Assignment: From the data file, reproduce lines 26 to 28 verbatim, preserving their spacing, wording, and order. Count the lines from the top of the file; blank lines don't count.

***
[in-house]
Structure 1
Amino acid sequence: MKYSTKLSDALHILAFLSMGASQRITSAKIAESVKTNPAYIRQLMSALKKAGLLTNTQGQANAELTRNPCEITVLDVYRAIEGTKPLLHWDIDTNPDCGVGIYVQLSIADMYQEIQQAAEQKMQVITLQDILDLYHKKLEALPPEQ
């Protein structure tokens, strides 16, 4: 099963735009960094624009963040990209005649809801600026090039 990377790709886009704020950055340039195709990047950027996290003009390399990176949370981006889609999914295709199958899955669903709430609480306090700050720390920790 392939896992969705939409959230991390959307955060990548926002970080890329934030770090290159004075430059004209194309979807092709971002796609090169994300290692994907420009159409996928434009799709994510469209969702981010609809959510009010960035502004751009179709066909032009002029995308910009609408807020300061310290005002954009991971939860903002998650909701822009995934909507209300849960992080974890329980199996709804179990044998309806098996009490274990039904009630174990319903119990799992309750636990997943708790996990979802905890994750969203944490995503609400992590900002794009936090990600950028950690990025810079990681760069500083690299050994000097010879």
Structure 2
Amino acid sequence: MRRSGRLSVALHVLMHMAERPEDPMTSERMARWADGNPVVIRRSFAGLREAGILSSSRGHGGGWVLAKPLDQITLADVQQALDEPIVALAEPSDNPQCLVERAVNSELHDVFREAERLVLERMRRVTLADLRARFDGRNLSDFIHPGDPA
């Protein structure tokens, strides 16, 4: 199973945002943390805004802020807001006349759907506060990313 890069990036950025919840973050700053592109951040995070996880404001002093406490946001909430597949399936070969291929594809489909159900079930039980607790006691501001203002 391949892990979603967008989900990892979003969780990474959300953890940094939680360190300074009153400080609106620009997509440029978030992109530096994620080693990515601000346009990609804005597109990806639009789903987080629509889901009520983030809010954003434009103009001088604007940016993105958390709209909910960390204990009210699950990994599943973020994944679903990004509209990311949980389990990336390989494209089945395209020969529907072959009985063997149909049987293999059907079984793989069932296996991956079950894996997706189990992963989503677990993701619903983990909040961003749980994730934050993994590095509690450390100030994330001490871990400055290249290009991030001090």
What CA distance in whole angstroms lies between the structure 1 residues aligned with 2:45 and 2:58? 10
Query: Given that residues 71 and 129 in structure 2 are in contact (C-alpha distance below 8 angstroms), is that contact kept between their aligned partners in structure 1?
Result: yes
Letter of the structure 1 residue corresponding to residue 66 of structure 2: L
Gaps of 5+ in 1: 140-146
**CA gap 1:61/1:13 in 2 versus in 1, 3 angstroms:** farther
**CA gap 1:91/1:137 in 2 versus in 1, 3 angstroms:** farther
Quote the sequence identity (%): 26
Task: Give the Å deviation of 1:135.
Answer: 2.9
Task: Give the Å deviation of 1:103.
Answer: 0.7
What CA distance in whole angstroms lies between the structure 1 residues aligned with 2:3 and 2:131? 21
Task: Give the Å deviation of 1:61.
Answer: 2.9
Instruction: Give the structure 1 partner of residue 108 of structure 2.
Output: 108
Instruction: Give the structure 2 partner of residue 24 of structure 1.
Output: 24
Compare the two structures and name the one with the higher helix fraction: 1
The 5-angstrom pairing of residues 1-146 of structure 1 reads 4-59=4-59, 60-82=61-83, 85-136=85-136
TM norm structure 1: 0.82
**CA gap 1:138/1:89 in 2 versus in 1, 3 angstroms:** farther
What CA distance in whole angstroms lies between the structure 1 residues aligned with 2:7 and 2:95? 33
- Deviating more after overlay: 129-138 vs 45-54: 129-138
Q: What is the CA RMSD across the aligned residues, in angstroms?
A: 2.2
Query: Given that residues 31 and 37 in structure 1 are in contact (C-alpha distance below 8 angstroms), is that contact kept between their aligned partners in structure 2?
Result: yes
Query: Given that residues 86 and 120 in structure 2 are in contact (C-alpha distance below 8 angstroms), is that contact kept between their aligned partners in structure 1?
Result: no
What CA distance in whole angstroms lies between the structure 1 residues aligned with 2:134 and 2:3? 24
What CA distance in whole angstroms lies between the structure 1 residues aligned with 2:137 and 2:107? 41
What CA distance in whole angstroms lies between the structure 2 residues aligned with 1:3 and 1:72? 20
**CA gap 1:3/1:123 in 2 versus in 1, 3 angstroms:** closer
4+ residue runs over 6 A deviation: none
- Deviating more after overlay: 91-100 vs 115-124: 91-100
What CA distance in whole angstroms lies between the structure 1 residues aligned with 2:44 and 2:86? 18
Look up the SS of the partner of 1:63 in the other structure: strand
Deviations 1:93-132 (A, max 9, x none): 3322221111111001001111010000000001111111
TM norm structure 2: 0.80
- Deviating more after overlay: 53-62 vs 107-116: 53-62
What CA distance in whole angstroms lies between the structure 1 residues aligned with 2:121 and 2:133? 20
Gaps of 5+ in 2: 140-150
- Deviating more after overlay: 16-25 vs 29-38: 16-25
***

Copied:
Output: 24
Compare the two structures and name the one with the higher helix fraction: 1
The 5-angstrom pairing of residues 1-146 of structure 1 reads 4-59=4-59, 60-82=61-83, 85-136=85-136